Tuesday, September 12, 2017

The doc of the year? Very probably. Theo Anthony's RAT FILM is this -- and much more.

As challenging, surprising and satisfying as movies get -- narrative or documentary -- this new one from writer/director Theo Anthony would be a shoo-in for an Oscar except that it will probably be "too much" for our prestigious Academy members: dark, uncompromising and not nearly feel-good enough to take home that coveted and, in this case, much deserved Best Documentary prize.

Its title is RAT FILM, and it's about, yes, the much beloved species we know as rats. However, because the movie deals equally and brilliantly with the subjects of race and redlining in Baltimore, Maryland, it could as easily have been titled Race Film. As for the manner in which it bring us Baltimore, the documentary makes a terrific companion piece to perhaps the best television series ever created, The Wire.

How Mr. Anthony (shown at right) manages to blend rats, race and Baltimore so thoroughly and felicitously seems to TrustMovies little short of miraculous. Using history, statistics, archival photos and newspaper clippings, coupled to a brilliant narration that does no special pleading but simply states some very interesting facts, while lining these up with other facts/statistics from the past and the near-present, he allows us to reach conclusions that should prove awfully hard to shake.

But how do rats fit into all this? They should and they do, but I'll let you discover the answers to that question yourself.

Baby rats don't open their eyes for two weeks, we learn early on the film, "but does a blind rat dream?" Anthony wonders. This is but one of many intriguing questions raised in the film. Another -- Do rats go to heaven? -- is asked by the rat exterminator (Harold Edmond, shown below) we meet and spend a good deal of time with. Edmond doesn't hate rats the way some of the other would-be exterminators (shown further below) do.

Why this awful hatred? The doc doesn't ask this question directly, but we cannot help but feel its presence all along the way. And the occasional introduction of rat lovers/rat keepers and their "pets" simply reinforces the question. There is one shot of a rat licking his owner's bald head (in a similar way to which my cat licks my increasingly balding dome) that should leave you charmed and delighted.

Along the way we learn the importance of the Norway Rat to lab tests and experimentation, via the work of of one, Curt P. Richter, even if we do begin to question some of the ideas of Richter and his disciples. Well before it is finished, in fact, the movie will have you viewing the rat as one of the great anti-heroes, having undergone such hatred and aggression over time that you'll find it difficult not to root for the (relatively) little guy.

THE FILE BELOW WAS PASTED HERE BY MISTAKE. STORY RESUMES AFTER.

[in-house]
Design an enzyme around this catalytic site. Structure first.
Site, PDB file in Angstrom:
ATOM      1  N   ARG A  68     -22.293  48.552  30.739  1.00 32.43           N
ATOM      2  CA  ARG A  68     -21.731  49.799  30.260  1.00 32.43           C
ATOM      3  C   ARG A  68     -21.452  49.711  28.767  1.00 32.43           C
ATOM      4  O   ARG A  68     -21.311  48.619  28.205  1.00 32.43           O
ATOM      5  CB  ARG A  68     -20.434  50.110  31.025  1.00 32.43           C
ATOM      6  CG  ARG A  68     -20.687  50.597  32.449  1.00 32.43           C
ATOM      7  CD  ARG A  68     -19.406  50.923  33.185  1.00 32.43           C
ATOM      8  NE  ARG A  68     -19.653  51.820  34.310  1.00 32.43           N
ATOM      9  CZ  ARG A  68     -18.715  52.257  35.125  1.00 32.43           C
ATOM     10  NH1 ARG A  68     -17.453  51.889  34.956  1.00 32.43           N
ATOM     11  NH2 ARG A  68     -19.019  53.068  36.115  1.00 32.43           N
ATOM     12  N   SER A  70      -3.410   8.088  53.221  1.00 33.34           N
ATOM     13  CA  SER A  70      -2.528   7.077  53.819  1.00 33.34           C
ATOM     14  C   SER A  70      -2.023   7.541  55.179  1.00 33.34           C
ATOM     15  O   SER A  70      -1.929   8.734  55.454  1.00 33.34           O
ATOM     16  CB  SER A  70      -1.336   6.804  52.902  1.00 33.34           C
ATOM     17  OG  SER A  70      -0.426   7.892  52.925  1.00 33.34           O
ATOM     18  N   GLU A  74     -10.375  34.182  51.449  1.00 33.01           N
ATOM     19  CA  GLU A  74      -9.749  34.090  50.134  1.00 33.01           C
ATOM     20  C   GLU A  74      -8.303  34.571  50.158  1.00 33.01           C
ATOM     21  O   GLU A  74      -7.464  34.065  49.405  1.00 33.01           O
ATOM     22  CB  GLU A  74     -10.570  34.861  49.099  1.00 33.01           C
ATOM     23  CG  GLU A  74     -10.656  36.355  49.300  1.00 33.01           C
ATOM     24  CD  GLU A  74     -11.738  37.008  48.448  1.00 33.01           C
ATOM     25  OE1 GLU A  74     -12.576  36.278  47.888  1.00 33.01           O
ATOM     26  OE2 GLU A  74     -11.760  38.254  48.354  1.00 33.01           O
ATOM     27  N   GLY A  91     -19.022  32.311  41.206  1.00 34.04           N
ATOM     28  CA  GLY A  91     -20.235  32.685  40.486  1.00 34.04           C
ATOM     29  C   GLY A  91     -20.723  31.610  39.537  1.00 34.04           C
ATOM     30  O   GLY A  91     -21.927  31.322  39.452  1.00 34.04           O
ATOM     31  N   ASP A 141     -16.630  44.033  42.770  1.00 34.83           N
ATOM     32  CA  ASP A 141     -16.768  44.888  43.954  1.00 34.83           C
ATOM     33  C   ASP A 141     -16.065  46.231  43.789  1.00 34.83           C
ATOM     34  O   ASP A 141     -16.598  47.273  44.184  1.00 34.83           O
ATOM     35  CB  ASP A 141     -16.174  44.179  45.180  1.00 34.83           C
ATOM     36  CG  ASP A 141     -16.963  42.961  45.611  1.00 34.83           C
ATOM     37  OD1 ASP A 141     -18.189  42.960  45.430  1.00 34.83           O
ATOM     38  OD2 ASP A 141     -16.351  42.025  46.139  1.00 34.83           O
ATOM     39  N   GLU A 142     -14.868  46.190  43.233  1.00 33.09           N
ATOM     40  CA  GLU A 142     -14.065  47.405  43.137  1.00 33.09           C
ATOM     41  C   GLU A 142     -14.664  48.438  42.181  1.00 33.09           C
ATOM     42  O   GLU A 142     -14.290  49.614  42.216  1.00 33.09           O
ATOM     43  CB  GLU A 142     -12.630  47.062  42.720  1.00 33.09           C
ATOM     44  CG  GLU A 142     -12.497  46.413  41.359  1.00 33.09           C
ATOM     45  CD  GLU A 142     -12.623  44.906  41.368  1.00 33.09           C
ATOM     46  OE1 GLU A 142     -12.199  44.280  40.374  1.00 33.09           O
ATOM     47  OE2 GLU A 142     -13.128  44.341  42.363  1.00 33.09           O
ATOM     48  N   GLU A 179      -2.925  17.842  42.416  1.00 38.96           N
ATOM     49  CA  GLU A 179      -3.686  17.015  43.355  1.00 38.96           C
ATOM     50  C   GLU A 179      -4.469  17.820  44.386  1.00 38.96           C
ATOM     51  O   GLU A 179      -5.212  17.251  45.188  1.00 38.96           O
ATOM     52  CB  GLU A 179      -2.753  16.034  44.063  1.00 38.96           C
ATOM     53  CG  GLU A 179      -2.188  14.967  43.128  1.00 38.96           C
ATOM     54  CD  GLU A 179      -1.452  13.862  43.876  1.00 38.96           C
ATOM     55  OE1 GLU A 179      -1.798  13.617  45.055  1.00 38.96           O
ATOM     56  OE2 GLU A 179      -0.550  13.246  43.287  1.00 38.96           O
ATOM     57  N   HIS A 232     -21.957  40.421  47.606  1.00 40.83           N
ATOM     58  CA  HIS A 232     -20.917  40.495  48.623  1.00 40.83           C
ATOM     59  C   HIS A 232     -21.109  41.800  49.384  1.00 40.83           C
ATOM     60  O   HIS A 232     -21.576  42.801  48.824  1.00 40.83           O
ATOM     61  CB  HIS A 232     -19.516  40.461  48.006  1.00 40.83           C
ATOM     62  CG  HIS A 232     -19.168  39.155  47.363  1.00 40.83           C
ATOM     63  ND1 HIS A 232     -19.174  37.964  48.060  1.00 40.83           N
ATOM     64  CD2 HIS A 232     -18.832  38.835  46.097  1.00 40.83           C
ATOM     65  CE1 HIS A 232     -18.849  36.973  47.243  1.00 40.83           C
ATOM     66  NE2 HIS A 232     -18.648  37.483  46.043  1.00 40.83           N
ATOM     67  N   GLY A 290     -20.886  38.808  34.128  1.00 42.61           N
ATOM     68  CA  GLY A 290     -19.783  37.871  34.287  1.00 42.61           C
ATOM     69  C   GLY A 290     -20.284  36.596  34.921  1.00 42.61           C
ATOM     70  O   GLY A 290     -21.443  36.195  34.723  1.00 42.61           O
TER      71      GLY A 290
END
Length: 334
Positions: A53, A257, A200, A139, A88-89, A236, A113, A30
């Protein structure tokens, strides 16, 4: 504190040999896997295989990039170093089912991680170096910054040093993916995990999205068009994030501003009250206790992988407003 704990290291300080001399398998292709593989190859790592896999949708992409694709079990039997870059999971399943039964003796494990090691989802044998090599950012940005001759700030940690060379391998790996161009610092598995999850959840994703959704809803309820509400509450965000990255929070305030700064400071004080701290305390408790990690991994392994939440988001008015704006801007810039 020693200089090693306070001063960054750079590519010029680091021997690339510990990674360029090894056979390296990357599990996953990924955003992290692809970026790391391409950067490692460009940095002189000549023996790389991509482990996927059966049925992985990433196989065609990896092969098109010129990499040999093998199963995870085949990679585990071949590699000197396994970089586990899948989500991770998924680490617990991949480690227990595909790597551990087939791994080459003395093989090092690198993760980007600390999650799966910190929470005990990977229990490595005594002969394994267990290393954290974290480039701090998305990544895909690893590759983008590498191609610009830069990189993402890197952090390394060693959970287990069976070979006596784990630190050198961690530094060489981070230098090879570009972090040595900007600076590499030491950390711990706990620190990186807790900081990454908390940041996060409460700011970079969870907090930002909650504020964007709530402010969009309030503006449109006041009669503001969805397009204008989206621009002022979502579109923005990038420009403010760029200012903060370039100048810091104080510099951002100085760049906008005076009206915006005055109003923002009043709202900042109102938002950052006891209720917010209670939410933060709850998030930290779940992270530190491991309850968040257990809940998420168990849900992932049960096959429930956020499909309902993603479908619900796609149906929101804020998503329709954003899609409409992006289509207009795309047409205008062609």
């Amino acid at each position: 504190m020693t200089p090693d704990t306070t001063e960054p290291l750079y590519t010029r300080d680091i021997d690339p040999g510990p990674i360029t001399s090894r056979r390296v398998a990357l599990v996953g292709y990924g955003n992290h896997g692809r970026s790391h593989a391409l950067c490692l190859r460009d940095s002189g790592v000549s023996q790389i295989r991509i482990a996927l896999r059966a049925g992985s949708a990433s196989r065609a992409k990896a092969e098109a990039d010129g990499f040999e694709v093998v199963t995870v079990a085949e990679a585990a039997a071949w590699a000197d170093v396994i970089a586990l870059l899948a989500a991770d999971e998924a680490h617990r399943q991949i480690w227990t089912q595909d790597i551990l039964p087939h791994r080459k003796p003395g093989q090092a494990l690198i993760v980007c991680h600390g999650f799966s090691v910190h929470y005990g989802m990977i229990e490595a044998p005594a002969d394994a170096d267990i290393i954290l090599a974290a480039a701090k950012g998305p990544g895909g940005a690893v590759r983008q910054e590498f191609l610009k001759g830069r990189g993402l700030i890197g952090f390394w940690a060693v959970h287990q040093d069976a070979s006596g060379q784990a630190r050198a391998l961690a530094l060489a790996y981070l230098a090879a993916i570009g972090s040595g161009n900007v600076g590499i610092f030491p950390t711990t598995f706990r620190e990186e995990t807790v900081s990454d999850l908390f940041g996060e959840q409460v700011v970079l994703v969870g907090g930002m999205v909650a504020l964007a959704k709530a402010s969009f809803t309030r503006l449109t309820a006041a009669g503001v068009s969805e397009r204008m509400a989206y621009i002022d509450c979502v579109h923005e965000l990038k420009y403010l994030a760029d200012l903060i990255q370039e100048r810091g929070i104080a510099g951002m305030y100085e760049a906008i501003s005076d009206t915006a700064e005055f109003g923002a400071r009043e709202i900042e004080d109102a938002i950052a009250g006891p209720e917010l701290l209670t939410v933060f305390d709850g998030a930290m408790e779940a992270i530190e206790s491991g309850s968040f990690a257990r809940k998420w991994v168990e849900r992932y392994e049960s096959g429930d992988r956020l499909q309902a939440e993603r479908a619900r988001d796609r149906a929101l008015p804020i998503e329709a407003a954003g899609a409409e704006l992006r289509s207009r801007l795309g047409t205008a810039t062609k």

So we get rats and the Welfare State, rats and NASCAR, rat-hunting for sport, rat history/statistics and lots more, and we even meet "the Mother of CSI," as one interviewee describes the odd woman who gave over her life to criminal investigation. And though, for an hour or more, we don't see any actual killing of rats (just the threat of this), when, in a sudden burst of violence, we do, via some very smart editing, the effect is both necessary and jolting.

The redlining of entire neighborhoods by Baltimore's banks back in the 1930s, and recent statistics about those same neighborhoods will set your mouth agape (such stunning progress has Baltimore made!), while the film's finale offers a scene of sheer, unadulterated irony, amusement and slow-growing horror.

The music (by Dan Deacon) is sensational, too -- so good, in fact that a soundtrack album is said to be coming soon, while the film's smooth, ever-so-slightly indignant narration is splendidly voiced by Maureen Jones. I came away from this doc feeling quite differently about rats than I did going in, and I suspect you might, too.

You'll get your chance to find out when Rat Film -- running 82 minutes and released by The Cinema Guild and Memory -- opens this Friday, September 15, in New York City at the Film Society of Lincoln Center; in Baltimore at the Parkway Theatre; in Vancouver at the Film Center and in Chicago at Facets Cinémathèque. The film has its Los Angeles premiere on Saturday, October 15 at the Downtown Independent theater, where it will have a two-week run. In the following weeks it will open elsewhere around the country. Click here and scroll down to view all upcoming playdates.

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